Kenya: Between Hope and Despair, 1963-2011
On December 12, 1963, people across Kenya joyfully celebrated independence from British colonial rule, anticipating a bright future of prosperity and social justice. As the nation approaches the fiftieth anniversary of its independence, however, the people's dream remains elusive. During its first five decades Kenya has experienced assassinations, riots, coup attempts, ethnic violence, and political corruption. The ranks of the disaffected, the unemployed, and the poor have multiplied. In this authoritative and insightful account of Kenya's history from 1963 to the present day, Daniel Branch sheds new light on the nation's struggles and the complicated causes behind them.
Branch describes how Kenya constructed itself as a state and how ethnicity has proved a powerful force in national politics from the start, as have disorder and violence. He explores such divisive political issues as the needs of the landless poor, international relations with Britain and with the Cold War superpowers, and the direction of economic development. Tracing an escalation of government corruption over time, the author brings his discussion to the present, paying particular attention to the rigged election of 2007, the subsequent compromise government, and Kenya's prospects as a still-evolving independent state.
foundations for friendly relations with the US, so Odinga’s pre-independence ties to Moscow and Beijing ensured a warm reception in both capitals for the Kenyan ministers and civil servants. In Moscow, the Kenyans signed an agreement that provided Soviet funding and assistance to build a 200-bed hospital and a technical college.43 The Chinese agreed to provide manpower, technical expertise and a soft loan of $15 million to fund a major irrigation project in the Tana River area.44 These agreements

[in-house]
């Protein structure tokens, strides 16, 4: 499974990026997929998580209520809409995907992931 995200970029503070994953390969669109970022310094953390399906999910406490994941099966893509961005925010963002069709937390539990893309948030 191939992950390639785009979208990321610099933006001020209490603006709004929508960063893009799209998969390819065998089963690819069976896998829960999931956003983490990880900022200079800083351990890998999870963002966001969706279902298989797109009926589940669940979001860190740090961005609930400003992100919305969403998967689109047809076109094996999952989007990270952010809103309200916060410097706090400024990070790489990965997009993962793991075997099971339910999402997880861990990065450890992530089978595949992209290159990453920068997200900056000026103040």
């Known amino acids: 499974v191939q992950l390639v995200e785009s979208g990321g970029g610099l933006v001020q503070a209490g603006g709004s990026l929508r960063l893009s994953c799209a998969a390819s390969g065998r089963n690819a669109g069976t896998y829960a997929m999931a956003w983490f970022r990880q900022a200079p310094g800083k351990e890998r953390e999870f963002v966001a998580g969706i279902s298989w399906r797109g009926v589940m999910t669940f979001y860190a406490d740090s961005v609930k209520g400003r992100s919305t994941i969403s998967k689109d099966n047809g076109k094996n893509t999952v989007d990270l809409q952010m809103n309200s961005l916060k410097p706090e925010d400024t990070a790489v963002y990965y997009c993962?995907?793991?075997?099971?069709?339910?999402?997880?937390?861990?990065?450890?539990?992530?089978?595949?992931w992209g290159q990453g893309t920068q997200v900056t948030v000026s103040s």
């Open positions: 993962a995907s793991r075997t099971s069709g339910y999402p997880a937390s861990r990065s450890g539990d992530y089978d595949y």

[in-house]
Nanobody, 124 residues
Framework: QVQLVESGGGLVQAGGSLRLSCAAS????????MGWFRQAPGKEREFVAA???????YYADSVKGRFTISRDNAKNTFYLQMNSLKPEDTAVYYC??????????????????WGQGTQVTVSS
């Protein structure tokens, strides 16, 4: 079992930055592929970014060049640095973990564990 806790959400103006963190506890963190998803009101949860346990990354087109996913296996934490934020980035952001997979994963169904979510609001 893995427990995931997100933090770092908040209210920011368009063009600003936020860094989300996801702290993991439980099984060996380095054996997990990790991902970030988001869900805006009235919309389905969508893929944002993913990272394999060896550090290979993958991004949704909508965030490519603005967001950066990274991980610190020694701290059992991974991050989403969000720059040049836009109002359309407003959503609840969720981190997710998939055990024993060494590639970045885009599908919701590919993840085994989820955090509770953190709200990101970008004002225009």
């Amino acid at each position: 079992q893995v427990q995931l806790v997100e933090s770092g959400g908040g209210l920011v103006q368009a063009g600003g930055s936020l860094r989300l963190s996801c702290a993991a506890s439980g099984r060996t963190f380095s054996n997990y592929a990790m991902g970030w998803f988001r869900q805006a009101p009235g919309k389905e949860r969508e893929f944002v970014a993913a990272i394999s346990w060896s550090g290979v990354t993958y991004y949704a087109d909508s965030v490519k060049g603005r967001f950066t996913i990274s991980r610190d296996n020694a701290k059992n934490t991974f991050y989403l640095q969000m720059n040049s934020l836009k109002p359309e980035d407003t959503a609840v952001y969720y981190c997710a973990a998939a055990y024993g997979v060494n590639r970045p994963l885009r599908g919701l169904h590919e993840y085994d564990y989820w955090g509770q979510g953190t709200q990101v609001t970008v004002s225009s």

Akamba Union. The groups all disavowed political activity. ‘We are not gathered here to talk politics,’ Mungai told a GEMA meeting in early 1973. ‘GEMA is not a political body; we are not gathered here to collect weapons because GEMA is not a military organisation, but we are here to collect funds for the social welfare of the needy.’26 Not all Kikuyu leaders were convinced, however. Kenyatta gave GEMA his blessing on its formation only in the hope that it would resemble the Ismaili social
prominent ﬁgure to be caught in the net was Bernard Hinga, the commissioner of police, in November. Hinga was replaced by Gethi, who had supported Moi throughout the succession struggle. Under the cover of anti-corruption, Moi was beginning the process of replacing one privileged inner circle with another. He was unconcerned at the corrupt practices of his allies. Diplomats alleged that Kibaki, for example, was given free rein to continue all manner of dubious business deals. For instance, as
ministers adopted a new, increasingly authoritarian tack. The president made it clear that he had no time for persistent critics of his government and that of Kenyatta. During discussions with a church group in Kabarnet in 1 2 3 4 5 6 7 8 9 10 1 2 3 4 5 6x 7 8 9 20 1 2 3 4 5 6 7 8 9 30 1 2 3 4 35x 3594_04_CH04.qxp 148 1 2 3 4 5 6 7 8 9 10 1 2 3 4 5 6 7 8 9 20 1 2 3 4 5 6 7 8 9 30 1 2 3 4 35x 7/29/11 | 9:38 AM Page 148 K E N YA July 1980, he asked: ‘Was President Kenyatta’s government a
respected and the right of the individual safeguarded.’10 Land was, Kenyatta thought, to be paid for through the fruits of hard work and purchased by any aspiring African landowner; European owners were to be compensated at proper market values if they wished to sell, and none were to be compelled to leave independent Kenya. He explicitly ruled out the nationalisation of foreign-owned assets, including land, or the compulsory purchase of European-owned land. Kenyatta was not in any mood to